Most companies that use sale-leasebacks have fixed assets with high costs, such as property or large and costly machinery items. It is why companies in the real estate sector appreciate sale-leaseback financing because the land is the highest-cost fixed asset. But sale-leasebacks are utilized by businesses across many other industries, which include transportation, construction manufacturing, agriculture, and manufacturing.

If you’re trying to determine whether an item is suitable to lease back, look at the size. Large trucks, important pieces of heavy machinery, and even the rolling stock that is titled can be used in various ways. But collections of smaller objects won’t work even when they’re the same amount. For instance, your financing partner will probably not want to go through the burden of assessing and selling off piles of used office equipment.

Are Sale-Leasebacks better than A loan?

A sale-leaseback may look like a loan, especially if it is set up like a $1 buyout lease or an equipment financing agreement (EFA). Because they are two different items, comparing them is like comparing apples to oranges. It’s not about which one is better. It’s about what best suits your needs as a business.

However, sales-leaseback transactions have particular advantages.

Tax Benefits

You could qualify for Section 179 tax benefits, bonus depreciation, and other deductions and benefits through a sale leaseback. Typically your financier will be capable of making your sale-leaseback tax-friendly. 

The lower bar is required to qualify.

Because you’re bringing the equipment, the financing partner doesn’t need to assume the same risk. If you have important equipment, you can get a sale-leaseback, even if your company has negative things on its credit report or is a start-up business with little or no credit background.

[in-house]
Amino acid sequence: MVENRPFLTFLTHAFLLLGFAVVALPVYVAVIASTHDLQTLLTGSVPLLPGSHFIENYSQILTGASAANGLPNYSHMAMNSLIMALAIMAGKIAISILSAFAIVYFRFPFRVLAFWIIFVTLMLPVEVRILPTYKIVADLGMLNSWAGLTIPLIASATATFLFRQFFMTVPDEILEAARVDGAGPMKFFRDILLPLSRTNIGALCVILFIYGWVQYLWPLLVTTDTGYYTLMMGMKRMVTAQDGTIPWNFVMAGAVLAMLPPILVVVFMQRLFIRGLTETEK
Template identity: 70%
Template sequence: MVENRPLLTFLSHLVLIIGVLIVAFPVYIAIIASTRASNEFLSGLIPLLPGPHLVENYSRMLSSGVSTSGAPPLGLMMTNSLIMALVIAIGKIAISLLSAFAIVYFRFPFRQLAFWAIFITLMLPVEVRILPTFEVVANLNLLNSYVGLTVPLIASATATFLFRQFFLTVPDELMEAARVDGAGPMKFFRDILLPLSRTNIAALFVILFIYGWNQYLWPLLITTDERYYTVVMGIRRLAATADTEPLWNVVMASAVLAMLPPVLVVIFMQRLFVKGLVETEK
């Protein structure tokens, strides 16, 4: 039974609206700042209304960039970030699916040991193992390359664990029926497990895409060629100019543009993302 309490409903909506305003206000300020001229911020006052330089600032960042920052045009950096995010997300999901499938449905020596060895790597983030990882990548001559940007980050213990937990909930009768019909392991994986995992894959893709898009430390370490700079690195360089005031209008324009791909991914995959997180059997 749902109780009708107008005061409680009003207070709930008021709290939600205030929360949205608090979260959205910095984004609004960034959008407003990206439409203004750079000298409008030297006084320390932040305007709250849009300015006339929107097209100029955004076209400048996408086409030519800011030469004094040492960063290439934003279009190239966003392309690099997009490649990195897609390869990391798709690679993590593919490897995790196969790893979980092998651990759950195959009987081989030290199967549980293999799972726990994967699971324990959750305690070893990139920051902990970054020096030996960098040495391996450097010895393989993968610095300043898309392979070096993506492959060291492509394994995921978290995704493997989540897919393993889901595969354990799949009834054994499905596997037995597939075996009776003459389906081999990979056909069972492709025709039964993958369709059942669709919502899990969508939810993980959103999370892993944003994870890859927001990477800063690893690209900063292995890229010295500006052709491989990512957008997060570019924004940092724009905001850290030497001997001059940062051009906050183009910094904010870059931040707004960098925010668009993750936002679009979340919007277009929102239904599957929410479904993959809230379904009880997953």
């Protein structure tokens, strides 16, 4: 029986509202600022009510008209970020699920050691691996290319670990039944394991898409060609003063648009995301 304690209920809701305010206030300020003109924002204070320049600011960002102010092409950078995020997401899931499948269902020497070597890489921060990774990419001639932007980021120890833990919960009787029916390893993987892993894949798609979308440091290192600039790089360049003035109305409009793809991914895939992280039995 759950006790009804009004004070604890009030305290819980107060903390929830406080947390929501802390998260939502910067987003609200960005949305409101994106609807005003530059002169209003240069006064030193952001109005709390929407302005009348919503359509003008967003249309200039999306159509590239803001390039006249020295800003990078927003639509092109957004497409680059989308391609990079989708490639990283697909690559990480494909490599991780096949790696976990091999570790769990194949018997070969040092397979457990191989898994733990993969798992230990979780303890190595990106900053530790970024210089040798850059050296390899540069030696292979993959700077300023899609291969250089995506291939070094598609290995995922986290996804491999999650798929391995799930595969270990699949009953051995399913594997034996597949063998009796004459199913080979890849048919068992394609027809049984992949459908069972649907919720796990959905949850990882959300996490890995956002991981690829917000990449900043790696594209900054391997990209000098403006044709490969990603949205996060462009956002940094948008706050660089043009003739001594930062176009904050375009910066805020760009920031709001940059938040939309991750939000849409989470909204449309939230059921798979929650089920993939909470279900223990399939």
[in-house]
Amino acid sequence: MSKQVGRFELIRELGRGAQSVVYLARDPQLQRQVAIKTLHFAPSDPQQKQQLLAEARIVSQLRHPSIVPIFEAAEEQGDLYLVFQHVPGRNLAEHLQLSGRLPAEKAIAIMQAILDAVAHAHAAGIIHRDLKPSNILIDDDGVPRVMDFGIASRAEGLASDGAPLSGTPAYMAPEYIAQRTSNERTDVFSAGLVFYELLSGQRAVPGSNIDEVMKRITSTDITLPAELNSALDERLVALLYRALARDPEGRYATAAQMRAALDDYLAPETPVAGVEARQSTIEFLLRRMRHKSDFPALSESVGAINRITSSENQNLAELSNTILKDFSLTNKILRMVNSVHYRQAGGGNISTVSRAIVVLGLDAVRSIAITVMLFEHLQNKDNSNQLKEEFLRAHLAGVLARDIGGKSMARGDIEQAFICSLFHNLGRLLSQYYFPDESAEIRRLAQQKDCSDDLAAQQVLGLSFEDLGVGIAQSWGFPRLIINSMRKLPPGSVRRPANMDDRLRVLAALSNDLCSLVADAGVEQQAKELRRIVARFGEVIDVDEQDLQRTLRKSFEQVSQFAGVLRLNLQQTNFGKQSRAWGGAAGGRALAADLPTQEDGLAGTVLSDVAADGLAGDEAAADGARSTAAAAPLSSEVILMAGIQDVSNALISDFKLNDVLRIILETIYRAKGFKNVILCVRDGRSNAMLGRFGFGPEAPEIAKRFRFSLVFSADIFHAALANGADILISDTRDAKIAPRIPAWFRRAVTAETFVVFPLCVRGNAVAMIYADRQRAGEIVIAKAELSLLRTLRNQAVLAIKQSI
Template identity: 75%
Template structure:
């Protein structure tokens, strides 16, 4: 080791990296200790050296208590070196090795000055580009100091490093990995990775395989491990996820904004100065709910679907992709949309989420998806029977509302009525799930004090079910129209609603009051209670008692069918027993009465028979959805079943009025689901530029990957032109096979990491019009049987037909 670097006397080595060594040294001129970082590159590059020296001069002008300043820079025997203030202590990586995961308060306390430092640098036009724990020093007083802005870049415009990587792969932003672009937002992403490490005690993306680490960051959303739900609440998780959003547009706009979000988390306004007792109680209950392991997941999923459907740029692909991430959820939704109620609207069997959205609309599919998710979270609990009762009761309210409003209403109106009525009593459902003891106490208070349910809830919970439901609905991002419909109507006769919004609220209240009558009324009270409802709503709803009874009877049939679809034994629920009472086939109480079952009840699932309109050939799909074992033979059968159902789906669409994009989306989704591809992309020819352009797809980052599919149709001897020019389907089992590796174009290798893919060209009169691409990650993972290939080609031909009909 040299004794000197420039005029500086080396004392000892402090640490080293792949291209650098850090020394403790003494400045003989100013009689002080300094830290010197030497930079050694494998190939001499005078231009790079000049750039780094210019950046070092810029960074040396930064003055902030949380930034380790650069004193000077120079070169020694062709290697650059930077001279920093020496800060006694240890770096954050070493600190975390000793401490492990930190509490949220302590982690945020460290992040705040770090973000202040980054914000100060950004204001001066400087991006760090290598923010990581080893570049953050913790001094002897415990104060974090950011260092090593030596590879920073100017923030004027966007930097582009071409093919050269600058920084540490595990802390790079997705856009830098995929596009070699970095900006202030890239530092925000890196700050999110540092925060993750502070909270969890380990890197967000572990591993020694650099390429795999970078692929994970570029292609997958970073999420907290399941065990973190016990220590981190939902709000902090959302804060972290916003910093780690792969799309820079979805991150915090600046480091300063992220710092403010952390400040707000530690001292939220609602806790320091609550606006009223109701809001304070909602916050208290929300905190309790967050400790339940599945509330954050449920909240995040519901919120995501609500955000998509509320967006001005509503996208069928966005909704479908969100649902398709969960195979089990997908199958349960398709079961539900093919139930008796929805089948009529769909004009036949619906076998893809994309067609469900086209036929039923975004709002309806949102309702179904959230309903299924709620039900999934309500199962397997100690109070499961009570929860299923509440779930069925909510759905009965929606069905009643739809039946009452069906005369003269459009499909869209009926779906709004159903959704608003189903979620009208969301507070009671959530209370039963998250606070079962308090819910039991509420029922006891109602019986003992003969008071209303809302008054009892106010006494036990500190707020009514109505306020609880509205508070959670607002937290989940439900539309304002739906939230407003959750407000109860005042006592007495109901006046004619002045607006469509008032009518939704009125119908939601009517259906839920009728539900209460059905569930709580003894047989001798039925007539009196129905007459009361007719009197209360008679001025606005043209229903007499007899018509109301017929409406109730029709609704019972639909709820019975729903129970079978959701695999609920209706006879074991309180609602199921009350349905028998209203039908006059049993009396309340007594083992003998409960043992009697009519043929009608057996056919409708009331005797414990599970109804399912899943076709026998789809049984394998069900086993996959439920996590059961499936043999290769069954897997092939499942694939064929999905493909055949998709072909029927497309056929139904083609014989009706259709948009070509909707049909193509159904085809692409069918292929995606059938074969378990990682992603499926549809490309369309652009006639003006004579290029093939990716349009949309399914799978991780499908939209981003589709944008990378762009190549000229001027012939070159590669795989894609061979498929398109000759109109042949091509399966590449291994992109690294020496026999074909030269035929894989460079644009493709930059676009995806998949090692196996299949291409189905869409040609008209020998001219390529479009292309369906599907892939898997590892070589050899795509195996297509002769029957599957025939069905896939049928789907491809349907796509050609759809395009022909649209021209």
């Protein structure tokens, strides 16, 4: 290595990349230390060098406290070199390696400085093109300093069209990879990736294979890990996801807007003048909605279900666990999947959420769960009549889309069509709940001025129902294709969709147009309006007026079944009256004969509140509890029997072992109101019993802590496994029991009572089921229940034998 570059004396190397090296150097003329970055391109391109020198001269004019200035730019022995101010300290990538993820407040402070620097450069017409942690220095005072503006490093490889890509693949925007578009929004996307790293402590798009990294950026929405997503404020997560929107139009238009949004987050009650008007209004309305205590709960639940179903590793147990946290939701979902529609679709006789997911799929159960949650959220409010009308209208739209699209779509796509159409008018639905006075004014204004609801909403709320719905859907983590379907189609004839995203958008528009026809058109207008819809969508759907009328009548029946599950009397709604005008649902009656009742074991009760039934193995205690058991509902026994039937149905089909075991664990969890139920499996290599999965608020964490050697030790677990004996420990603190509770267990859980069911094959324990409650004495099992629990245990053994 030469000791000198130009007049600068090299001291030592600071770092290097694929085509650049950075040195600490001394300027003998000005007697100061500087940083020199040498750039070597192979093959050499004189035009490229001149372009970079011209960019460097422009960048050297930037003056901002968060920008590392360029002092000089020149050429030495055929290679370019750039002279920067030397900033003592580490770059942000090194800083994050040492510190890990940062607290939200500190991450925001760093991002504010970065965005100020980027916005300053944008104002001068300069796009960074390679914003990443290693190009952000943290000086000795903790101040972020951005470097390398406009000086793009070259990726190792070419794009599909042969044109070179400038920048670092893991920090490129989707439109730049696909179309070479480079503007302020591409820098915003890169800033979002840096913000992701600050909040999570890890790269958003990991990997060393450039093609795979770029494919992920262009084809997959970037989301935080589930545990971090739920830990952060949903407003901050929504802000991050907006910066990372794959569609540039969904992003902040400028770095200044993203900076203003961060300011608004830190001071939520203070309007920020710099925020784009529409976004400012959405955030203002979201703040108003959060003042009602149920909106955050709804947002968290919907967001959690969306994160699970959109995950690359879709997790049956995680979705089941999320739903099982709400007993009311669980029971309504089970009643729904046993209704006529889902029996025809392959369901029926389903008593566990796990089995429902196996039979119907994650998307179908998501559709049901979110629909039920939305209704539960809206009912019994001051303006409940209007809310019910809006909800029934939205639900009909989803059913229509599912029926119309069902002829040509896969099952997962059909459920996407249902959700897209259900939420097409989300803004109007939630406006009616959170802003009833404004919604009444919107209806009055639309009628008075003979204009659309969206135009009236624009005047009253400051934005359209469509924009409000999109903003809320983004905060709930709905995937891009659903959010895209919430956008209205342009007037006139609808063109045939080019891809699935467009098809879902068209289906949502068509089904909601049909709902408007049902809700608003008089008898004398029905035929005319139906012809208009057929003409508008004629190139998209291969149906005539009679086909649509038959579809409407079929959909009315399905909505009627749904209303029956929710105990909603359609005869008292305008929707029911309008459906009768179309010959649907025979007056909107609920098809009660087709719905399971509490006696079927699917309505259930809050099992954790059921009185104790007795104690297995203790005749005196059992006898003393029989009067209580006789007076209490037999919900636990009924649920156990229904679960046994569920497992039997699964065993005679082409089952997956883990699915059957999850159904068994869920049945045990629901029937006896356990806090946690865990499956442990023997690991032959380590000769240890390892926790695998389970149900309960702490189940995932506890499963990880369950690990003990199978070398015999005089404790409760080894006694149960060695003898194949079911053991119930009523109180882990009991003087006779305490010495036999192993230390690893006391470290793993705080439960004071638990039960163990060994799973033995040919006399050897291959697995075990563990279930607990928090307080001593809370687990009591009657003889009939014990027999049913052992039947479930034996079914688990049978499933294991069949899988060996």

Favourable Terms

Because you’re entering the deal having the collateral (the apparatus) in the bank, it is possible to determine the terms of your leaseback agreement. You can negotiate with your finance partner to negotiate the payment amount, the financing rate, and lease agreements that satisfy your needs.

What are the restrictions and requirements for a Sale-Leaseback?

You must meet two conditions to qualify for the sale-leaseback. These conditions include:

  • It is essential to own the equipment in full. The equipment should be free of liens and paid in full or at least very close.
  • The equipment must have a resale or auction value. If the item does not have a fair market value, your finance partner cannot justify buying it from you.

What happens following the lease? What happens after the Lease’s Term?

A sale-leaseback typically is an extended lease. You’ll have plenty of time to determine what you’d like to do after the lease expires. If it’s an operating lease, in which you sold the ownership of the asset, these are typically the alternatives at the end of the term:

  • It would help if you worked with your financing partner to extend the lease.
  • The equipment can be returned to your finance partner without any additional obligations.
  • Find a price for the purchase and purchase the equipment with your finance partner.

If a capital loan arranged the sale-leaseback, you might own the machine free and clear at the close of the lease period, with no obligations.

It’s up to you and your financial partner to determine which choices are best for your business. If you want to go further, ask your finance partner to structure the sale leaseback to include an early purchase option. It allows you to buy the equipment back at a fixed price before your lease expires.

Contact the Commercial Lending USA to Learn About your Business Financing Options

Are you eligible for equipment sale-leaseback financing or other types of financing? We’re here to assist you! Call us at (855) 365-9200 or submit this form to speak with a finance expert at Commercial Lending USA. If you’re ready to get credit, complete our easy online application, and we’ll take care of the rest.